May Local News

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Printing Press

Two announce candidacy

Two Lakeland Republicans announced their candidacy to replace the retiring Rep. Dennis Ross (FL-District 15) recently.  Polk County Commissioner Neil Combee resigned as the state director of the USDA Farm Service Agency April 17, five months after being appointed by the Trump administration, to take a shot at representing the Lakeland area in Washington, D.C. Ed Shoemaker also announced a candidacy recently.

 

CRA receives more property

Lake Wales city commissioners authorized the transfer of six city-owned properties to the Lake Wales Community Redevelopment Board at the city commission meeting April 17. By city code section 2-476, properties owned by the city can only be sold at auction to the highest bidder. Transferring property to the CRA allows city leaders to control who takes ownership of the property based on priority of end need as opposed to highest bid.

 

Nucor in Frostproof

Details about a $240M steel mill coming to the Frostproof area were released at a Polk County Board of County Commissioners meeting April 17. Nucor, the largest steel manufacturer in North America, chose Polk County for the new mill. Plans are to build in the middle of an orange grove so that it could not been seen from U.S. 27.

 

Solar power coming to Bartow

In addition to the recent grand opening of NovaSol, the first city-owned solar farm, there are plans to work with TECO and build two more solar farms in the coming years. The city commission voted unanimously to pass and adopt Resolution 18-3985R which updated the city policy on residents who have installed solar panels on their homes or businesses.

 

Local woman wins $1 million

Winter Haven resident, Paula Sullivan had the prize patrol visit her house on April 27th awarding her $1 million.   Founded in 1953, the Publishers Clearing House is now a leading interactive media company.  They have awarded over $315 million in prizes over the years.  Paula has the option to take a lump sum up front or spread the winnings over 29 years.  Congratulations to her!

 

Rotary plants trees

Over the next four years, Lake Wales Rotary Club members plan to plant more than 200 Florida Live Oak trees around the city.  Each member of the club is responsible for planting a tree starting on the north shore of Lake Wailes. In 2017, every Rotary member on the planet was challenged to plant a tree to combat climate change by Rotary International President Ian H.S. Riseley.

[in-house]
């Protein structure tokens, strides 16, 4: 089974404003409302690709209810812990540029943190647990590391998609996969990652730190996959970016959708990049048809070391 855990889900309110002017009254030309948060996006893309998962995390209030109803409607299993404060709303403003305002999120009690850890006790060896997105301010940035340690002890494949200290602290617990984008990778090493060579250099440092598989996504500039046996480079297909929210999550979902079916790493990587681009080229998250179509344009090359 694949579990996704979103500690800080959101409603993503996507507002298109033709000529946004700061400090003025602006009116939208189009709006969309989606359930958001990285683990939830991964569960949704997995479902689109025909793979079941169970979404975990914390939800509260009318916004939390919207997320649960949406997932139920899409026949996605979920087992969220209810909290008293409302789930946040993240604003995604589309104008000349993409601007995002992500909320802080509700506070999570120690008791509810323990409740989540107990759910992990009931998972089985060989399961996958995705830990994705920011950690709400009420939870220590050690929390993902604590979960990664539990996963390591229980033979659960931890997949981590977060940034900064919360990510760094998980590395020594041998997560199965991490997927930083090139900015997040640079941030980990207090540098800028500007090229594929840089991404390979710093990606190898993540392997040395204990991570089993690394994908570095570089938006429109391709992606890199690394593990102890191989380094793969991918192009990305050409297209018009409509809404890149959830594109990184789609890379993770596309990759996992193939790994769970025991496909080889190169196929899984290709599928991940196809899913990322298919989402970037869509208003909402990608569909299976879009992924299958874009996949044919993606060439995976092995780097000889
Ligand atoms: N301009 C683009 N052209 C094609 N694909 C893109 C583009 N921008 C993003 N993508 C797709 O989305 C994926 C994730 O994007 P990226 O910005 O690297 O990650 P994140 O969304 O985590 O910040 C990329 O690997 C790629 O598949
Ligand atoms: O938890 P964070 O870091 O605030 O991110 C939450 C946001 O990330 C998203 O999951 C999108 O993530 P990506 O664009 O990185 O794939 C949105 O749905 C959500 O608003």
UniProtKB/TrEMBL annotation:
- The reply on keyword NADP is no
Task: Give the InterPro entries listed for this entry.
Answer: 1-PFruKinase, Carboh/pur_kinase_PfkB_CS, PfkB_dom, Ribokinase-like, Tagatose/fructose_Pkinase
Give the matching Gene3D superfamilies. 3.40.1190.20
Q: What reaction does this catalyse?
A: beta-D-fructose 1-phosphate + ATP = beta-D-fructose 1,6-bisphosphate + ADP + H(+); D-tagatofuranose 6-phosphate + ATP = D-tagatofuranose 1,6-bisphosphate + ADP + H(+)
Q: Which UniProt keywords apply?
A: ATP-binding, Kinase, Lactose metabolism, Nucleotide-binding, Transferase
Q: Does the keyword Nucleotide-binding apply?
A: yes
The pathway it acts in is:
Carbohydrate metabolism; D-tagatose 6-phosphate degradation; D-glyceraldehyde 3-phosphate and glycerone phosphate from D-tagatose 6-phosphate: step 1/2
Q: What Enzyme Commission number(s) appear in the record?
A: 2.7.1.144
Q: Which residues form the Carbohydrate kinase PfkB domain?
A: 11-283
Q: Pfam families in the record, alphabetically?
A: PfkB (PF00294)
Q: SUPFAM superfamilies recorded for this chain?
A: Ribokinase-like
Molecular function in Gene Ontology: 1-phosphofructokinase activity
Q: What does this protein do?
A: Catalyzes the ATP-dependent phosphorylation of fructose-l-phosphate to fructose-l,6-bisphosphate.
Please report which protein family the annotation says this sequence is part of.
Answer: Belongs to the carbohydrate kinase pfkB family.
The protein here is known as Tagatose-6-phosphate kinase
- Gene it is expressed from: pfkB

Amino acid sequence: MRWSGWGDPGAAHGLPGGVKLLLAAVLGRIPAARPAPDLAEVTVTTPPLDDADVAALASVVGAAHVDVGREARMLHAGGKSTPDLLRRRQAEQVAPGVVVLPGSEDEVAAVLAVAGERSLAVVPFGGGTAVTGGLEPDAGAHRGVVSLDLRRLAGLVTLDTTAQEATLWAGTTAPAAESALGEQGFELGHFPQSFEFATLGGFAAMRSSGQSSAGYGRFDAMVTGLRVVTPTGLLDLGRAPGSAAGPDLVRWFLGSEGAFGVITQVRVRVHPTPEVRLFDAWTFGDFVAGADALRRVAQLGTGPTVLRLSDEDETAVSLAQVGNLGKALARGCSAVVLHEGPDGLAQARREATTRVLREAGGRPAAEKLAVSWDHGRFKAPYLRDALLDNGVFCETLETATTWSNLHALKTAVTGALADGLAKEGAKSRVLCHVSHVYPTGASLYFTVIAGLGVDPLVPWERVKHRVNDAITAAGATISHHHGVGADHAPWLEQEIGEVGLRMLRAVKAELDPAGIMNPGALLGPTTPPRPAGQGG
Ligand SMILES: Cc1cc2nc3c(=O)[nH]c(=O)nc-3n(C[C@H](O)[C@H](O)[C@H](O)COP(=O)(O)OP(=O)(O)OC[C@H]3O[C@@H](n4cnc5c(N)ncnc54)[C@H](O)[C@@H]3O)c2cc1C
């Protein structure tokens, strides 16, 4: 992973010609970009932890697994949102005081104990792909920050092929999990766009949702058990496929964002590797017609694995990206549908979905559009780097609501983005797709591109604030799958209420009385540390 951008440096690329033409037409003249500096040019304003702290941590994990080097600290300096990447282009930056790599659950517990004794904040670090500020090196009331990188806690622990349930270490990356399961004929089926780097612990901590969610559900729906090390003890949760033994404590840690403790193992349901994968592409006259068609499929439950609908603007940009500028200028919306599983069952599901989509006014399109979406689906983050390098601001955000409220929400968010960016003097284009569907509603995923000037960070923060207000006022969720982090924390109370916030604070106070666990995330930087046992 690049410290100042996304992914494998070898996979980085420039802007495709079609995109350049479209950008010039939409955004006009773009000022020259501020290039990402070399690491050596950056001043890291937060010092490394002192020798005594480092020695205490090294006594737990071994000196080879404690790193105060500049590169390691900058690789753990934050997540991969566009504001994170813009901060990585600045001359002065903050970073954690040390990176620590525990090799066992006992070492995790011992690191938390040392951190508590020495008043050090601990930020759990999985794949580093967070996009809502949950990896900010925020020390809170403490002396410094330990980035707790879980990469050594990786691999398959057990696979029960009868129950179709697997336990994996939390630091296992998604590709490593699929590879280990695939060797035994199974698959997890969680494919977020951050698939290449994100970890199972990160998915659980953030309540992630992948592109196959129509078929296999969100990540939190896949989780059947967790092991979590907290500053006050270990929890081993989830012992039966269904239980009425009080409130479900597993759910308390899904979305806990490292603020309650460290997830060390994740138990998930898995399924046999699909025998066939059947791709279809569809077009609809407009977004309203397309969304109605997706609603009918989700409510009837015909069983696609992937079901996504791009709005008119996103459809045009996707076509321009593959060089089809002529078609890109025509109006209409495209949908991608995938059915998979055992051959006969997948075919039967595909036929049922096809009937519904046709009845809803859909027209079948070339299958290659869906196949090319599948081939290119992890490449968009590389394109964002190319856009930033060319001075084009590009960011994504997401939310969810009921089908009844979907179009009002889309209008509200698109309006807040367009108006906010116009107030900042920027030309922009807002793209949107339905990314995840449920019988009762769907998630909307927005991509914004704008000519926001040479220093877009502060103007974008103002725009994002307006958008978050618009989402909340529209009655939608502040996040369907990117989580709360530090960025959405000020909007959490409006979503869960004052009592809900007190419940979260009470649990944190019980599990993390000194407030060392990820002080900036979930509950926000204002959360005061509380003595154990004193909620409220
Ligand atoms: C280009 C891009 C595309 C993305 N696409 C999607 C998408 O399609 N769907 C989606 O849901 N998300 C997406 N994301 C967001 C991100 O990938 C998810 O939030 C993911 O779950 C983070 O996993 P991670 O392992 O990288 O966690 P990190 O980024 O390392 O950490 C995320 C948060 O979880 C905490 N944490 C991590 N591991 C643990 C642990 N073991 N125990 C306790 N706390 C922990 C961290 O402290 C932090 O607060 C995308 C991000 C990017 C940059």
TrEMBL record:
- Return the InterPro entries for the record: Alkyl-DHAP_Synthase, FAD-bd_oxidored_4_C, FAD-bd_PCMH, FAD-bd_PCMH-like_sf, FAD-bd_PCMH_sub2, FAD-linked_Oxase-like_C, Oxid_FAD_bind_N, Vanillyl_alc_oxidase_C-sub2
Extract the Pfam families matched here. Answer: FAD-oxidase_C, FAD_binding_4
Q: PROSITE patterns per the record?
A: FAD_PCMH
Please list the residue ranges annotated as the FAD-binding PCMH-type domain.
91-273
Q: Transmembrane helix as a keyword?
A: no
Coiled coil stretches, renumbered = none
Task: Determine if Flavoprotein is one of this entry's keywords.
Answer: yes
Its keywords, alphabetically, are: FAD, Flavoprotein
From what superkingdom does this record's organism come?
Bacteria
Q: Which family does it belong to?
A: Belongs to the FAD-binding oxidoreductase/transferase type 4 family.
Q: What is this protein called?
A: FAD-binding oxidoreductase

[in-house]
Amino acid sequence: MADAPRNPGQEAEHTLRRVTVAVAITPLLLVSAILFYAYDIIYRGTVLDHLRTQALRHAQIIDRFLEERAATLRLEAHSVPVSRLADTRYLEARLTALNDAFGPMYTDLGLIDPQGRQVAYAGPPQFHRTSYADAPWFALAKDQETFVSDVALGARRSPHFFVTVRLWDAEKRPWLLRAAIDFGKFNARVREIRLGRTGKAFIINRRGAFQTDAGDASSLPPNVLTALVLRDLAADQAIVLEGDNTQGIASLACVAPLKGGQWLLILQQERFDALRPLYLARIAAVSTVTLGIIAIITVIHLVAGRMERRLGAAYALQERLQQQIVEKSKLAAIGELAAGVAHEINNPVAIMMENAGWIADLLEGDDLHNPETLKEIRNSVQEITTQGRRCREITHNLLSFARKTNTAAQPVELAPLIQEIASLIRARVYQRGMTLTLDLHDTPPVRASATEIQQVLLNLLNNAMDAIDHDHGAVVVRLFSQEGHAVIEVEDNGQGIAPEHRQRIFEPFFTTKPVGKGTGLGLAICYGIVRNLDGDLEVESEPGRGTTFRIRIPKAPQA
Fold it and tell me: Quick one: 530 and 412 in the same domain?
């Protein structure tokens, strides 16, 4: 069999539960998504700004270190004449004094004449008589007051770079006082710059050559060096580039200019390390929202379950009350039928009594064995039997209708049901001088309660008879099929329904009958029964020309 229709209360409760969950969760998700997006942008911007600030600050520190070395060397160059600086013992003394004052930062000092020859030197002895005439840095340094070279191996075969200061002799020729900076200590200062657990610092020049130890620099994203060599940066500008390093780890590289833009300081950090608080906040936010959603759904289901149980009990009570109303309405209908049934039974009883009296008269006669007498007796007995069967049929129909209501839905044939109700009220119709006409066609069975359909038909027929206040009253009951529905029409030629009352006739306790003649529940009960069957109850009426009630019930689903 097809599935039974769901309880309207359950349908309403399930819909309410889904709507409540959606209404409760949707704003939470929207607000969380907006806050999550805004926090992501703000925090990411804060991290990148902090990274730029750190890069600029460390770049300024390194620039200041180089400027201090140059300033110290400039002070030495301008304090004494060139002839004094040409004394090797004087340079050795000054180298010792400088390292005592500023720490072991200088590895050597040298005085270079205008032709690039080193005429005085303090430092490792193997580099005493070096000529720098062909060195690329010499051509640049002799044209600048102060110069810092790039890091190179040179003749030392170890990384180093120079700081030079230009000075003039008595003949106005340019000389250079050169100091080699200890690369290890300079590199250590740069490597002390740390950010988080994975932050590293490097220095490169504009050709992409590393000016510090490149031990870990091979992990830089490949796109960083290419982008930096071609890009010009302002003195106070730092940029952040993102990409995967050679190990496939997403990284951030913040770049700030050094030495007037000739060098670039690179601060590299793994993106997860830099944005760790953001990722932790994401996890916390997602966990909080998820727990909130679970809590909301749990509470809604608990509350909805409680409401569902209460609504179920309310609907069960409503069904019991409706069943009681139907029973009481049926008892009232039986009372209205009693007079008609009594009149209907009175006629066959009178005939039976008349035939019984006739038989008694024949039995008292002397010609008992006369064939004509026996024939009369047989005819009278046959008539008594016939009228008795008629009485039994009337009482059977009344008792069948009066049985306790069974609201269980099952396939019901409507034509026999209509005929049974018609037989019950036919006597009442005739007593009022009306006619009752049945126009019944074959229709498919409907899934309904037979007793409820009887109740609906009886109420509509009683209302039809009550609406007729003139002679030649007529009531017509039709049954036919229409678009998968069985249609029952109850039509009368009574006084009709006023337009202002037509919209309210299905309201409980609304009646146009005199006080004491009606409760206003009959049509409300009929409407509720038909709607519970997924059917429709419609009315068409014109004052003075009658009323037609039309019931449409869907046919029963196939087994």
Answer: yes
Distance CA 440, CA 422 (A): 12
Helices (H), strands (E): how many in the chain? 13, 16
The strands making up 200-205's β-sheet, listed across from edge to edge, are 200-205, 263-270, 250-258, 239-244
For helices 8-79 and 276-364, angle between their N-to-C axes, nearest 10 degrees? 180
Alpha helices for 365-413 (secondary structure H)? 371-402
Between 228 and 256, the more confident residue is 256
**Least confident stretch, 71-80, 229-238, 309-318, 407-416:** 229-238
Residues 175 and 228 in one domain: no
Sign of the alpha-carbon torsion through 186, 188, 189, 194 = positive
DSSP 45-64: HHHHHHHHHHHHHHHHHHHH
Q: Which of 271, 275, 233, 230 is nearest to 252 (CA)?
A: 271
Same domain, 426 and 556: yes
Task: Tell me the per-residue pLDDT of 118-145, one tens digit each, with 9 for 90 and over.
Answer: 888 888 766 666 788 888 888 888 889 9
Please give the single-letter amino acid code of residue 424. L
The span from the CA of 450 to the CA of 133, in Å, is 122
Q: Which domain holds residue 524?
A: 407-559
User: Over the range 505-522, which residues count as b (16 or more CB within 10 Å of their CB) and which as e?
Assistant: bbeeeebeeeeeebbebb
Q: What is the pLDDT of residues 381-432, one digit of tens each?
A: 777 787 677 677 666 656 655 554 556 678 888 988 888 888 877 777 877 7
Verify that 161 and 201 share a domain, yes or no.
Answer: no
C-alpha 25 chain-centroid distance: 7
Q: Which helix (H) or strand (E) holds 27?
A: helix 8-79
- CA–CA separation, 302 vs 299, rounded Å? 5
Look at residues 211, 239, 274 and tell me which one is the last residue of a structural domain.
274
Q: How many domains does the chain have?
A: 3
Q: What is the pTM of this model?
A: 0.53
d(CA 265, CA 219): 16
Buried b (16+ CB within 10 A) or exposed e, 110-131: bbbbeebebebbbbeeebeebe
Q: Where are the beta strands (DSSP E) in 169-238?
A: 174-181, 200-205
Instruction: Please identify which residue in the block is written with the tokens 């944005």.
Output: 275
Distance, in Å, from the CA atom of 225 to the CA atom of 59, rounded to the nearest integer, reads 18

Church is denied zoning request, for now

Winter Haven City Commissioners voted 4-1 against a zoning request by Beymer Memorial United Methodist Church, overturning the Planning Commission’s original OK for the move.  Commissioner Nat Birdsong was the only commissioner in support of the move. Had the request been approved, the church’s six parcels would have been converted from multi-family residential use to public institutional zoning. The church now has the option to appeal the matter, press a lawsuit, or revisit a zoning with a “special use” permit.

 

Putnam takes a stand

Florida Commissioner of Agriculture Adam H. Putnam sent a letter to Ambassador Robert Lighthizer as NAFTA negotiations continue. “Current remedies available to address unfair trade practices are simply insufficient to protect Florida’s specialty crop producers. It is critical that the NAFTA negotiations result in policy that ensures producers of seasonal and perishable crops have access to trade remedy law that applies to every other commodity or manufacturer in the U.S.,” stated Putnam.

 

Airport Director

Recently hired Lake Wales Airport Director Jared DeLong was introduced to the Lake Wales City Commission April 3.  DeLong hit the ground running as construction is ongoing at the airport where the main runway and taxiway are being improved as a means to attract corporate jets as customers at the city-owned property.

 

Lake Maude Project

A long awaited project is moving ahead as the City of Winter Haven obtained a permit to begin construction of phase 1 of the Lake Maude project, in spite of the sand skinks habitat. The habitat, which is .36 acres, required the city purchase “sand skink credits” at $21,600.

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